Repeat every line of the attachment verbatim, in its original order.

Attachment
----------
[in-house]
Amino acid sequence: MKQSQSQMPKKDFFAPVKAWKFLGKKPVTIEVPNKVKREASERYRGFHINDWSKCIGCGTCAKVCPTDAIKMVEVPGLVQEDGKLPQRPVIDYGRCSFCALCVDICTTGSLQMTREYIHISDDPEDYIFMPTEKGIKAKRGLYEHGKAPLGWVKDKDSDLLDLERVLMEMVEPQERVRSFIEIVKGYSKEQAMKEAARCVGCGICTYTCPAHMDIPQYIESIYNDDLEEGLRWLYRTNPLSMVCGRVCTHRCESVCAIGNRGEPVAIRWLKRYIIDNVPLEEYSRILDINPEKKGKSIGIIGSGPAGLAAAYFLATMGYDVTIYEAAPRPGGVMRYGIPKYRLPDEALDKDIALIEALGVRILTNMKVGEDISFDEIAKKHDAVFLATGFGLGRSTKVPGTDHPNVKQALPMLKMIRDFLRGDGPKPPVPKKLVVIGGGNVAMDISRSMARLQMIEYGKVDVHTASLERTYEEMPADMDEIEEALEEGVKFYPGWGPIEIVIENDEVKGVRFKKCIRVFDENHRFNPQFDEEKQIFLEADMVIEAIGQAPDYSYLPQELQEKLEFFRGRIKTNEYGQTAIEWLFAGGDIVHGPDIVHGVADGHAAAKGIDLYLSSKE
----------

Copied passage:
[in-house]
Amino acid sequence: MKQSQSQMPKKDFFAPVKAWKFLGKKPVTIEVPNKVKREASERYRGFHINDWSKCIGCGTCAKVCPTDAIKMVEVPGLVQEDGKLPQRPVIDYGRCSFCALCVDICTTGSLQMTREYIHISDDPEDYIFMPTEKGIKAKRGLYEHGKAPLGWVKDKDSDLLDLERVLMEMVEPQERVRSFIEIVKGYSKEQAMKEAARCVGCGICTYTCPAHMDIPQYIESIYNDDLEEGLRWLYRTNPLSMVCGRVCTHRCESVCAIGNRGEPVAIRWLKRYIIDNVPLEEYSRILDINPEKKGKSIGIIGSGPAGLAAAYFLATMGYDVTIYEAAPRPGGVMRYGIPKYRLPDEALDKDIALIEALGVRILTNMKVGEDISFDEIAKKHDAVFLATGFGLGRSTKVPGTDHPNVKQALPMLKMIRDFLRGDGPKPPVPKKLVVIGGGNVAMDISRSMARLQMIEYGKVDVHTASLERTYEEMPADMDEIEEALEEGVKFYPGWGPIEIVIENDEVKGVRFKKCIRVFDENHRFNPQFDEEKQIFLEADMVIEAIGQAPDYSYLPQELQEKLEFFRGRIKTNEYGQTAIEWLFAGGDIVHGPDIVHGVADGHAAAKGIDLYLSSKE